While this was far from the biggest drop in employee count on LinkedIn among hedge funds, it's best to look at this decrease with a bit of context. Recently, Hedge Fund Research reported that Moore was among the hedge funds with rough years, losing 3.5% in its Global Investment Fund.

An interesting sign of the future for this capital management group is the decision to shift some its employees from New York to one of the tax haven states of Florida. With the group continuing to lose clients as stated in multiple reports, a change in scenery might help them attract investment professionals.

Winner: BlackRock ($BLK)

$25.3 billion.

That's how much BlackRock brought in for passive inflows last month, doubling that of industry rival Vanguard.

At the same time, the investment management corporation onboarded 266 employees according to the company's LinkedIn profile, the most out of any company in our 120 company shortlist. 

With a successful iShares portfolio, a recent agreement with Microsoft to build a retirement-planning platform, and the company stating its readiness to attract millennial investors, BlackRock looks poised for a huge 2019.

Loser: Citadel ($PRIVATE:CITADEL)

Like Point72, Citadel was named among those hedge funds who suffered a major loss during November. Last month, Citadel lost 3%, which was its worst month since the beginning of 2016.

But unlike its fellow asset manager, Citadel lost employees on LinkedIn; 12 from quarter-over-quarter to be exact. It is the only employer on our shortlist with a four-figure headcount to lose stated employees over the past three months, and the third biggest loser overall.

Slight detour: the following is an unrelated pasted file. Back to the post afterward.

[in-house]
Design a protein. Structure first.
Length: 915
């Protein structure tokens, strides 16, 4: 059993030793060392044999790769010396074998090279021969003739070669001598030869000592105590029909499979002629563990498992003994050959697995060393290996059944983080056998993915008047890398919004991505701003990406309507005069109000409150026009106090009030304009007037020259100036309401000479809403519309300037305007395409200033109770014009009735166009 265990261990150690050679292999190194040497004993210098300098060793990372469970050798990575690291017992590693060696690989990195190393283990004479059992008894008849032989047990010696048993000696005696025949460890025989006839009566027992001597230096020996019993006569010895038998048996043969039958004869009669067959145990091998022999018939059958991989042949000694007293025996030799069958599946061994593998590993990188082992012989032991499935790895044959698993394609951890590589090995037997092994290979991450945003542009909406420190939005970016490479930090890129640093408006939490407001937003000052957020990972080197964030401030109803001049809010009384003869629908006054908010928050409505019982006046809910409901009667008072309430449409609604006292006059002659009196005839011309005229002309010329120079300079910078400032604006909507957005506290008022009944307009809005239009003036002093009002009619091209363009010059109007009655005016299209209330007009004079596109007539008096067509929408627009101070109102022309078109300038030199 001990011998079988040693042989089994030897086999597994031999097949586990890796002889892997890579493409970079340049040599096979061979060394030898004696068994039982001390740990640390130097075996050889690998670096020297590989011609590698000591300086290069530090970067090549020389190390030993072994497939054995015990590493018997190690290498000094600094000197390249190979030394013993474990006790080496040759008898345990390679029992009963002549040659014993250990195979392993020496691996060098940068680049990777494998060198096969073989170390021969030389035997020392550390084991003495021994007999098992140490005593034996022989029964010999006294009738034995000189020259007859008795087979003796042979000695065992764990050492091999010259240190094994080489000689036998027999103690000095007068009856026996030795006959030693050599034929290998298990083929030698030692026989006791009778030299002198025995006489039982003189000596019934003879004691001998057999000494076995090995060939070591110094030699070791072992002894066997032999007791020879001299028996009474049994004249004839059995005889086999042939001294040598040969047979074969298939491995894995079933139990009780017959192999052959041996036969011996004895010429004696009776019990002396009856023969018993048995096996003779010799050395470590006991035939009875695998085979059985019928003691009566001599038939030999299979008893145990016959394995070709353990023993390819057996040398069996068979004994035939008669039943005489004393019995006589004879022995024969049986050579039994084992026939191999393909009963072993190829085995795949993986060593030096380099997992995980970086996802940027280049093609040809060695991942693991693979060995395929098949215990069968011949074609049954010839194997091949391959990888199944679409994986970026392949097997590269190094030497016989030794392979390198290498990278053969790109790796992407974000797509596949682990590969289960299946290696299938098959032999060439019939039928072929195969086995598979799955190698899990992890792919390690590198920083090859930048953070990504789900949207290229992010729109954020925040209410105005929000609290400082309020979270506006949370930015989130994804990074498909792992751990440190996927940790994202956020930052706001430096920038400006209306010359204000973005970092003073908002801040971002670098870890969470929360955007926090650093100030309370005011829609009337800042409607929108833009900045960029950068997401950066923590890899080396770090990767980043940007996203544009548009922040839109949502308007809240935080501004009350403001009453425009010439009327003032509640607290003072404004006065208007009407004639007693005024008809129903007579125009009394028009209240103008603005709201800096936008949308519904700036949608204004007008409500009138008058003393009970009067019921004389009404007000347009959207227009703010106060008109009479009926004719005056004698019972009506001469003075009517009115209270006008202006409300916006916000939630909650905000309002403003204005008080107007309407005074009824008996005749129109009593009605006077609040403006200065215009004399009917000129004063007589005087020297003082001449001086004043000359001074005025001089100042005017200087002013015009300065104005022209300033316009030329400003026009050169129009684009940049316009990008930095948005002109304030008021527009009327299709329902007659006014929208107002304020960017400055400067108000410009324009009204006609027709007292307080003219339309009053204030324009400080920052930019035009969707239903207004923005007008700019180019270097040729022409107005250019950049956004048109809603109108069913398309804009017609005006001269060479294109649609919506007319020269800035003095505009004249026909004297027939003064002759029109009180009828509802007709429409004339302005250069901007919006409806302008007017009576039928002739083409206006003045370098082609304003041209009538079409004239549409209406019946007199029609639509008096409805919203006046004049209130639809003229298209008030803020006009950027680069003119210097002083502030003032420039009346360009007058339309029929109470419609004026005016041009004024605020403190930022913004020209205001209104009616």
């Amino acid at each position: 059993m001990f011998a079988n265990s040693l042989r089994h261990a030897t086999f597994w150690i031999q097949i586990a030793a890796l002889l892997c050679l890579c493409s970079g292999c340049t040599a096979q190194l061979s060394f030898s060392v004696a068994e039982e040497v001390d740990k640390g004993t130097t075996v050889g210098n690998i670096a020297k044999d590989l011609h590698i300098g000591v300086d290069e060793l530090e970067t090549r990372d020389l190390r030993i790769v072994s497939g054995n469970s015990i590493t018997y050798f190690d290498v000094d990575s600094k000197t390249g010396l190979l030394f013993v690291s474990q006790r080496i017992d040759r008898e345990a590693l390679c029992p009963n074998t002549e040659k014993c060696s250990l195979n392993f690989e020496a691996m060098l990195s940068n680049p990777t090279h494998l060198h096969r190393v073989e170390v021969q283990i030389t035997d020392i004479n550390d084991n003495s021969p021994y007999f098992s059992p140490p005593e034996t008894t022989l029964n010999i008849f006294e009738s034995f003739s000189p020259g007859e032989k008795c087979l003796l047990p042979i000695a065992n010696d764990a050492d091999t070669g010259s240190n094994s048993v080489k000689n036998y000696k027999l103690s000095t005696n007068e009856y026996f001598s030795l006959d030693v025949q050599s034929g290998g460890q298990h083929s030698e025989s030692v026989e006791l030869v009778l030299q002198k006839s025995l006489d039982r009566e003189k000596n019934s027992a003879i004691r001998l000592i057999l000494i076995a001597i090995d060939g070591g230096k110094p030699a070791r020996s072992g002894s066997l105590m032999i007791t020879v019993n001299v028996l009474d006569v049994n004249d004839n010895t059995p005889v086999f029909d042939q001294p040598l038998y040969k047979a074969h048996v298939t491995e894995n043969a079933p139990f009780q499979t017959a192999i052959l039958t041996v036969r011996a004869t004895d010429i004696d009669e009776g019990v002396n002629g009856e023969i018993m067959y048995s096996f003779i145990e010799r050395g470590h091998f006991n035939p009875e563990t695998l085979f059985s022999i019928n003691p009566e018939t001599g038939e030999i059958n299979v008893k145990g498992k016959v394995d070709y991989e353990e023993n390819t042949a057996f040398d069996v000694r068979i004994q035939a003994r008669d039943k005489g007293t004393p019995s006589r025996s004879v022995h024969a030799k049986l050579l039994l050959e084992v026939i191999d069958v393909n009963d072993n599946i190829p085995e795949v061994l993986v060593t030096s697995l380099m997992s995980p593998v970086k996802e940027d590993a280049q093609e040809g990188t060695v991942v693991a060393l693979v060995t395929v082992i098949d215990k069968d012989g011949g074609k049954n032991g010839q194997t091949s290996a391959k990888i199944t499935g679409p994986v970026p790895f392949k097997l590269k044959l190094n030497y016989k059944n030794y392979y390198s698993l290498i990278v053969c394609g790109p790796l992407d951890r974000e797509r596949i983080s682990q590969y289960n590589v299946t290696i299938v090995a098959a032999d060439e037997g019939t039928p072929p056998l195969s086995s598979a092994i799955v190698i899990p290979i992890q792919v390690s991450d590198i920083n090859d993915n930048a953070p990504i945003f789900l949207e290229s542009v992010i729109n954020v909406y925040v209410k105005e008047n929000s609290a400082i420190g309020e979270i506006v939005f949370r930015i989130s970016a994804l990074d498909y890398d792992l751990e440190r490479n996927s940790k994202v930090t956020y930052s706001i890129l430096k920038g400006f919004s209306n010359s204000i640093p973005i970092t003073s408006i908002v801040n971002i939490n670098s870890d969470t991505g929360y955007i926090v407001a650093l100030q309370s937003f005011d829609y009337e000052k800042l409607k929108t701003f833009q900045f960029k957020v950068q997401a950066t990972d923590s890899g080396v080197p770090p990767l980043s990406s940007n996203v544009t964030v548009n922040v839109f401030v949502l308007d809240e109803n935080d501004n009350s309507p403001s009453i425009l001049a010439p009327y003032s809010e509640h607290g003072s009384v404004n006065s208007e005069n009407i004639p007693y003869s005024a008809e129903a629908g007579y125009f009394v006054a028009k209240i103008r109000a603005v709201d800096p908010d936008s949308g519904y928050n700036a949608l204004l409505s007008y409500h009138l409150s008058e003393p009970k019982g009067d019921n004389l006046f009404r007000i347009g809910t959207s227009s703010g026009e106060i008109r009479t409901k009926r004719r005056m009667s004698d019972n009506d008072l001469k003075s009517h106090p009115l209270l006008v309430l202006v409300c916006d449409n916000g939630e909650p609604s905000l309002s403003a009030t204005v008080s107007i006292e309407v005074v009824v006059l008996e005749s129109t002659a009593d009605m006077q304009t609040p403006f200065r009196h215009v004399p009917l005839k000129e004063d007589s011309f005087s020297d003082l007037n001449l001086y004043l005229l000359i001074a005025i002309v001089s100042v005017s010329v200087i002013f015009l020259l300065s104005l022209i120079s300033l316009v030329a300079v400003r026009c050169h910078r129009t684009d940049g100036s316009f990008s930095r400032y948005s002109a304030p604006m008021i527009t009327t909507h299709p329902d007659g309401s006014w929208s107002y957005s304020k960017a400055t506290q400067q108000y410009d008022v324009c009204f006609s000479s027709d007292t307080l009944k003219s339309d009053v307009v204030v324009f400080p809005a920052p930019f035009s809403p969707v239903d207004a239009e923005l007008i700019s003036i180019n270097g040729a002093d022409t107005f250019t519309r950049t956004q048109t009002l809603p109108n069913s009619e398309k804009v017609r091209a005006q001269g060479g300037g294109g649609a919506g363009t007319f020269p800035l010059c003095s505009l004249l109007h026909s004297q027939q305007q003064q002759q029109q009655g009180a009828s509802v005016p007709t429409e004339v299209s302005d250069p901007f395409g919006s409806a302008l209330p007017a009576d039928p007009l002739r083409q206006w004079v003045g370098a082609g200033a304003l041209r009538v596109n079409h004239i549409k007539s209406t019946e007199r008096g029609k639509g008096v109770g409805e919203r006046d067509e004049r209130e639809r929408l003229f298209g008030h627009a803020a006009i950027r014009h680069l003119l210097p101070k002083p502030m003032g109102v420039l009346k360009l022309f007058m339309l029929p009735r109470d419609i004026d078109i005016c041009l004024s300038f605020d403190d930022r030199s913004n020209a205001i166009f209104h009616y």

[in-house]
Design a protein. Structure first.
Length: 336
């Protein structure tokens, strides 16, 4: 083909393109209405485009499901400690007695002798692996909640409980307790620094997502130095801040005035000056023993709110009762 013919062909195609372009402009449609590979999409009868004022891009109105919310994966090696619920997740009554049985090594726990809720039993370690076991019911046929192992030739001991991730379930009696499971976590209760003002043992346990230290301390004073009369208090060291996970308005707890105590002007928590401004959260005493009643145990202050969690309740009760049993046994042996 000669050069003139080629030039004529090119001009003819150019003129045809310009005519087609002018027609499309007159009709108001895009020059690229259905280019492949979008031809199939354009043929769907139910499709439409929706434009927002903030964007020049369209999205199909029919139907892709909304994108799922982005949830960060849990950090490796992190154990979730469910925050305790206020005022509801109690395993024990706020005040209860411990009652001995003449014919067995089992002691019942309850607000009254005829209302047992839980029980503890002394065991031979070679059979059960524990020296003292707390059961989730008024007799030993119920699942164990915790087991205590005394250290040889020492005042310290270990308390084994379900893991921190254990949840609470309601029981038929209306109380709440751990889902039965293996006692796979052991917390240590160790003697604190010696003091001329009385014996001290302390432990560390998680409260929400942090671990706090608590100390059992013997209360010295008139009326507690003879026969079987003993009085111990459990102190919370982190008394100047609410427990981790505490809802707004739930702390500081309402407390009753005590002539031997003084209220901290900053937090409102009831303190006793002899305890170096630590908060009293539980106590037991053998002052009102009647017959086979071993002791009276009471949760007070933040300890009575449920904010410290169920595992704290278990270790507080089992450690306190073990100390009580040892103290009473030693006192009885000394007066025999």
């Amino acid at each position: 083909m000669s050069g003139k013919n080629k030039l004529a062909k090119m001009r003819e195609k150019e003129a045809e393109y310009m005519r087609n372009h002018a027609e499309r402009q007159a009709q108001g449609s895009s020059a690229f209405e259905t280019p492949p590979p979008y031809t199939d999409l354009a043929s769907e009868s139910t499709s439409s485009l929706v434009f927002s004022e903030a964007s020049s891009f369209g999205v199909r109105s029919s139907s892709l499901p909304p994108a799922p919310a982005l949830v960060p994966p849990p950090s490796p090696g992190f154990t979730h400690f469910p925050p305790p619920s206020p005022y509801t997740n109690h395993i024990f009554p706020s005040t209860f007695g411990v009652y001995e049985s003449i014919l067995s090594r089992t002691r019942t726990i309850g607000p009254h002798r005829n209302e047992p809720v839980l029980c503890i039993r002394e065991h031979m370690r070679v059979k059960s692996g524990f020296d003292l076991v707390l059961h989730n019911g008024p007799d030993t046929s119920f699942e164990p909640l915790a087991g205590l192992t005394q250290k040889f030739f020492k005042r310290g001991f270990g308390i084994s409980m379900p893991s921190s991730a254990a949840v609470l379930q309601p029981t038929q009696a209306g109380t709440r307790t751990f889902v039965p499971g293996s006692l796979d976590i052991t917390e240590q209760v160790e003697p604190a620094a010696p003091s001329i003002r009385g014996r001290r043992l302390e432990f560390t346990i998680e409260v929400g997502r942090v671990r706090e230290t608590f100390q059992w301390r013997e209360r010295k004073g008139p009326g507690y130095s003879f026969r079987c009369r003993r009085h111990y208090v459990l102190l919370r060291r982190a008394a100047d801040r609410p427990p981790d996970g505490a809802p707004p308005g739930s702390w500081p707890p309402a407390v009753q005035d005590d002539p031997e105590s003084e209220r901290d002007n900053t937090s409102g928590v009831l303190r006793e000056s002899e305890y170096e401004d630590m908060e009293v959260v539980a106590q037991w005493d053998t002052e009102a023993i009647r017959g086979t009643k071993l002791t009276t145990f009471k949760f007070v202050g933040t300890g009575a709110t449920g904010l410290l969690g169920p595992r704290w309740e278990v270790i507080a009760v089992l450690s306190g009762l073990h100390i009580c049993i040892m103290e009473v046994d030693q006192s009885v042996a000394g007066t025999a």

While Citadel is still up 8.5% on the year, a drop in employees raises an eyebrow when considering the company's health heading into the new year.

Winner: Man Group ($LON:EMG)

The ninth largest hedge fund in the world is still growing.

Quarter-over-quarter, Man Group saw a 2.07% increase in employee count on LinkedIn, which translates to 71 people.

Managing over $114 billion in assets, Man Group also recently announced that it will engage in responsible investing, or banning "sin stocks," like ones for tobacco companies, and companies that harm the environment, like ones that produce coal, from a number of its funds. Man Group will be a company to watch in 2019, as it holds one of the largest pools of money in the world for investment purposes and is barreling through a bear market.

(Potential) Loser: Winton ($PRIVATE:WINTON)

Sitting three spots above the Man Group as one of the largest hedge funds in the world, Winton saw its LinkedIn headcount decrease by 6.36% quarter-over-quarter, and is currently at 265 people.

Earlier this year, Winton spun off its big data unit into Hivemind, which cleans up and analyzes complex data for traders. This could explain the drop in headcount for the year on LinkedIn, but, like other companies on this list, we'll continue to monitor the U.K.-based investment management firm.

Winner: Marshall Wace ($PRIVATE:MWAM)

Marshall Wace is the biggest winner of 2018 in terms of LinkedIn employee headcount, boasting a 7.69% quarter-over-quarter increase, or a recent 18 person jump in the number of employees stated on LinkedIn.

Among all firms over 100 employees on our shortlist, Marshall Wace had the biggest percentage increase, which is a good sign for the company that recently expanded into China.